Are tangents always bad?

“You like squirrels and shiny things.”

That was what my boss said to me at my first performance review. I had no clue what that even meant! I was a 15-year-old lifeguard at a summer club, and I like squirrels? Did he have me confused with the grounds guy?

My brilliant response was, “Uhm, ok.”

Thankfully for me, he understood the look of “I don’t have a clue what you are saying” that must have played over my face.

As it turns out, he meant I was easily distracted during discussions, meetings, and training. He said I could go off on tangents. I got off-topic, lost in telling a joke, and loved to share anything’s minor and academic details. He clearly stated that this was a problem and something I needed to remedy right away! He made it clear that this would negatively impact my job and anything I want to do in the future with my life.

So, I bought a book (there was no Google yet) on meetings with a section on controlling tangents, and a book on focus, in my attempt to figure how I was going to fix this problem with myself. Reading this material it became clear why tangents were a bad thing and why they had no place in business or school. The books provided clear directions for what I had to do. So, off I went.

For those of you who are like me on the ADD spectrum, this is no easy task. But I made progress, got good marks in school, and made a successful career.

During that career, I have led plenty of projects, facilitated many meetings, done a lot of planning, and negotiated many agreements.

For years the belief that tangents are negative walked with me. Telling myself, please don’t follow the squirrel, ignore the flashes of those shiny objects that twinkled in the corner of my eye, and stop talking when people’s eyes glaze over.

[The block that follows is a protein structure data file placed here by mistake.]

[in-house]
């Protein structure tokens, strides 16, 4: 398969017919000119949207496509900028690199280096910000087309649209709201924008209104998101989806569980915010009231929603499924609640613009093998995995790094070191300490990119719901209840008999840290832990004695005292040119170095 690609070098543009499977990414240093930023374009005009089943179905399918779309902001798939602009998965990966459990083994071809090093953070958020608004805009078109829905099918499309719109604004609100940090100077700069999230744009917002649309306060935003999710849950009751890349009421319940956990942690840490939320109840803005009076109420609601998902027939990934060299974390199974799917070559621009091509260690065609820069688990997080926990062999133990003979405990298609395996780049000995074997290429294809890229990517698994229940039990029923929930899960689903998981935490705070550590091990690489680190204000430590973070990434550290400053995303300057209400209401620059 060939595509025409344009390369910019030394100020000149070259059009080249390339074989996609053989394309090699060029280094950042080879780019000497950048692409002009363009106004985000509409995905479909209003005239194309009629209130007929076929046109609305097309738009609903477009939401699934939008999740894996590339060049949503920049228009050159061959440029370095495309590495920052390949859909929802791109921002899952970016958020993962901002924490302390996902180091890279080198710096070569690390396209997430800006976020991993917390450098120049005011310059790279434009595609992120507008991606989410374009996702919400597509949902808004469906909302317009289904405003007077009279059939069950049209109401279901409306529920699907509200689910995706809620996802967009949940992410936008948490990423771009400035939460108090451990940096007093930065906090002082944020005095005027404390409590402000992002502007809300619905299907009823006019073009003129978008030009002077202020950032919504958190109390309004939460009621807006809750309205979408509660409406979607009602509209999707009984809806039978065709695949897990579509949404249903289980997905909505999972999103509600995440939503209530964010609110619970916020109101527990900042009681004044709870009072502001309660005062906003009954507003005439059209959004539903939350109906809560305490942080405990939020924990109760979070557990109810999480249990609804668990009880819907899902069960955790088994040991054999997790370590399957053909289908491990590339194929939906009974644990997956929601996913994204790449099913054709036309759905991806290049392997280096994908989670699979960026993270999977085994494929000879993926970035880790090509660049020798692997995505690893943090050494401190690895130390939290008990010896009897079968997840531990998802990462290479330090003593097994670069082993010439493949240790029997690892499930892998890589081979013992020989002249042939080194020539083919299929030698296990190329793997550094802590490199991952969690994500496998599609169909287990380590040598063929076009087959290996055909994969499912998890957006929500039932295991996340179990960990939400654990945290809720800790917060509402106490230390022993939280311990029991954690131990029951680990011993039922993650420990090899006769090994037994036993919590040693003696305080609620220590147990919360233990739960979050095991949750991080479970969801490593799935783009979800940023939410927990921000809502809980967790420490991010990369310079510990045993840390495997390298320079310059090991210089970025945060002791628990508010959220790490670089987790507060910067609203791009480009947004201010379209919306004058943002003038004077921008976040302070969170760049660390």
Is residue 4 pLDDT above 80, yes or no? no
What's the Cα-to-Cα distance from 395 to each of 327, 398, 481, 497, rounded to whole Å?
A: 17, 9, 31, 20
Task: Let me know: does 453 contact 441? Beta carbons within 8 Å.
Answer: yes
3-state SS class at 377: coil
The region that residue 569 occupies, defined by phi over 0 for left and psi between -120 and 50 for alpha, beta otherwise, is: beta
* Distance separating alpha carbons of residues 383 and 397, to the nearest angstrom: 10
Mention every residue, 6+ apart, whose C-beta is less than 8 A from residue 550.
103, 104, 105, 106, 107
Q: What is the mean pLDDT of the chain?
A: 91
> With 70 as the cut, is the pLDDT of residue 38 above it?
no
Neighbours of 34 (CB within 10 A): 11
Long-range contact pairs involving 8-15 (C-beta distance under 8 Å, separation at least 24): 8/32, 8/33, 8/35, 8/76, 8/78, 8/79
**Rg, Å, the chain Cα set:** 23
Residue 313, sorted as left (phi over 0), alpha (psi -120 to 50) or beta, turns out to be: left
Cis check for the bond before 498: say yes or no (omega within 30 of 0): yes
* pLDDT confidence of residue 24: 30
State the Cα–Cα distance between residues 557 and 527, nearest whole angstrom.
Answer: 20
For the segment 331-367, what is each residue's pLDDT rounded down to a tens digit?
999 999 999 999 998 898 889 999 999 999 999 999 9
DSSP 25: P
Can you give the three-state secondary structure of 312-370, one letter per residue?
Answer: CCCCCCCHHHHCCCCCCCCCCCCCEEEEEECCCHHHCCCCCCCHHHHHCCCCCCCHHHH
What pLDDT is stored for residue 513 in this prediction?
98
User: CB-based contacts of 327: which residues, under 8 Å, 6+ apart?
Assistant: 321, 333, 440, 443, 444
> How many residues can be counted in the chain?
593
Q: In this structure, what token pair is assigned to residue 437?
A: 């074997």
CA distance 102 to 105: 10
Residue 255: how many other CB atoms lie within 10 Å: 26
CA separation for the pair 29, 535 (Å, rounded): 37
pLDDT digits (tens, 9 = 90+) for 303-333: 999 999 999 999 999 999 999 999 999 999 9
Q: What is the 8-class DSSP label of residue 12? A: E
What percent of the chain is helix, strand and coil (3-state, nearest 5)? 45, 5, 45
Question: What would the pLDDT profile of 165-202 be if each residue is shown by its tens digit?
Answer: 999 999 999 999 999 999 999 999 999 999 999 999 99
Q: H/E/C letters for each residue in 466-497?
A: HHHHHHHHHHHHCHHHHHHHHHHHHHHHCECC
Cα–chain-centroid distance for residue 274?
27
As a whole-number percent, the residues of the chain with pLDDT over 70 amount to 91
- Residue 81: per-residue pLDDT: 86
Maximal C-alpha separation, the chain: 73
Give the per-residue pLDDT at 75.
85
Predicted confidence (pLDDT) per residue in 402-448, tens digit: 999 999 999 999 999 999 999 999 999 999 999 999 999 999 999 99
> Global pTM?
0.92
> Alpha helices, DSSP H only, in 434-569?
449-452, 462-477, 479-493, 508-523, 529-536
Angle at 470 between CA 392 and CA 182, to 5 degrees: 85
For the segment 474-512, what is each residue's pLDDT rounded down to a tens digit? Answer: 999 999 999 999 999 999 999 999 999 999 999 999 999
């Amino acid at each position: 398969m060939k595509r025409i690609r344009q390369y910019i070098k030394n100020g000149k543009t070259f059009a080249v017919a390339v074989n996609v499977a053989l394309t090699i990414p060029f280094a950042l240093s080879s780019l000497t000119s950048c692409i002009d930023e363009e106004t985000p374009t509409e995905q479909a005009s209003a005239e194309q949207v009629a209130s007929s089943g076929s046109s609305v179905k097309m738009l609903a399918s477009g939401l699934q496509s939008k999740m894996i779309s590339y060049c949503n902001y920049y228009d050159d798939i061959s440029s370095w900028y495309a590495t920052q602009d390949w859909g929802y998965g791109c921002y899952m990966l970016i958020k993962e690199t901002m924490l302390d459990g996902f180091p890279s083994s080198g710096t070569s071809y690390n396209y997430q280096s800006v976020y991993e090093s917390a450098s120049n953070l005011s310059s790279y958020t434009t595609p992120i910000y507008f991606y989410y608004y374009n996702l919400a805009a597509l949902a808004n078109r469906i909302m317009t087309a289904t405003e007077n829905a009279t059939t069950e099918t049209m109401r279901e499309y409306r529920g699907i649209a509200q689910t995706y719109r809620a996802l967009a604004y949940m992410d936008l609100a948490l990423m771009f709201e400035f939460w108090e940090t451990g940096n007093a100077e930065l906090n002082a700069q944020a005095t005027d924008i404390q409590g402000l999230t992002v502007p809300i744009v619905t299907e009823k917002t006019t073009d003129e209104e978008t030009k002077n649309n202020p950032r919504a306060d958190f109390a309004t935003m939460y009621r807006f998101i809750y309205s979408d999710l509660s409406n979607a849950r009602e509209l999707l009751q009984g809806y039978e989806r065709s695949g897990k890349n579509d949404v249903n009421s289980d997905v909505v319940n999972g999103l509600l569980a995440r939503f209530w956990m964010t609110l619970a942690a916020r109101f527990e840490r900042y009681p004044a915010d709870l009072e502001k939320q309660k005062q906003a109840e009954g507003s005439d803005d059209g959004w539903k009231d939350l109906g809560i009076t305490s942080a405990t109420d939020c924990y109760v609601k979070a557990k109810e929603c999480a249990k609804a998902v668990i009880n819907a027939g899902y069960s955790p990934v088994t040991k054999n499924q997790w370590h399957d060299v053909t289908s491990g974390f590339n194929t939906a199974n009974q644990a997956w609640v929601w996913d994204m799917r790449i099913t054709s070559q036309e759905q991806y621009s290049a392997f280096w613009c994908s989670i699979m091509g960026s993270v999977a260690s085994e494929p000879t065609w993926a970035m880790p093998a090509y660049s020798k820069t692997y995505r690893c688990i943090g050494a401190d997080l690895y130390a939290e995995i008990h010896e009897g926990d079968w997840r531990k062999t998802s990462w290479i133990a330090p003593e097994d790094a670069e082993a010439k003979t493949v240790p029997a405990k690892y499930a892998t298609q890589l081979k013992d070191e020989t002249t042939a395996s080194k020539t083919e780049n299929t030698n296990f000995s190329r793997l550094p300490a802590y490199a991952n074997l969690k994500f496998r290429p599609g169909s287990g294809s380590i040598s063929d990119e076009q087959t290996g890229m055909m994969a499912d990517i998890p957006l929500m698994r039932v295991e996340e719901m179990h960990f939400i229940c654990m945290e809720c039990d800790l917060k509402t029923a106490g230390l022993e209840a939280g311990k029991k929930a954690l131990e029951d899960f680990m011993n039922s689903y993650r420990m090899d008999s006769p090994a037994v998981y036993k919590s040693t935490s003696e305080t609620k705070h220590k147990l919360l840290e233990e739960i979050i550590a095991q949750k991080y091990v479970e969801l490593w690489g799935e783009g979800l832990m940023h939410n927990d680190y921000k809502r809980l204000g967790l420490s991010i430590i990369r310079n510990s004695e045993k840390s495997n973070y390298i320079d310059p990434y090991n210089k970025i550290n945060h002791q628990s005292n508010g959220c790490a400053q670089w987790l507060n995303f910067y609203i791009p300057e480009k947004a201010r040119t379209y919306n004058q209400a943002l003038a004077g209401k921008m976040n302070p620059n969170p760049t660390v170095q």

During meetings and workshops, I would put forward rules.  I want everyone to watch for someone heading off on a tangent and alert us.  I would tell everyone to call out tangent or jellyfish if you thought someone was going off course.  I posted ‘a parking lot’ (a flip chart page on the wall at the side or end of the room), putting ideas there that came up but were not on point right now—a great way to save good ideas for later and not lose time in our current discussion. If you are keen, type “meeting tangents” into the source of all knowledge (Google). You will get 2,020,000 hits.

All that said, I have learned that telling people tangents are always negative and should be stomped out, like wearing socks with sandals, can be the worst advice to give anyone. A tangent can be a wonderful thing. They can be fun and incredibly valuable to people and businesses.

Now, realistically there are times when tangents are not helpful. In a meeting to pass on critical information, they don’t help and can undermine the purpose. But consider the following situations:

You are trying to come up with new ideas in business planning, strategic planning, or problem-solving. Without tangents and exploring some of the loose threads that people bring up, ideas will continue to look like the same ideas you have always had.

I facilitated a meeting for a business where we were discussing how to tighten up processes to prevent abuse by customers. The usual ideas came forward. There were a lot of prequalification and personal questions and a lot of gates and locks.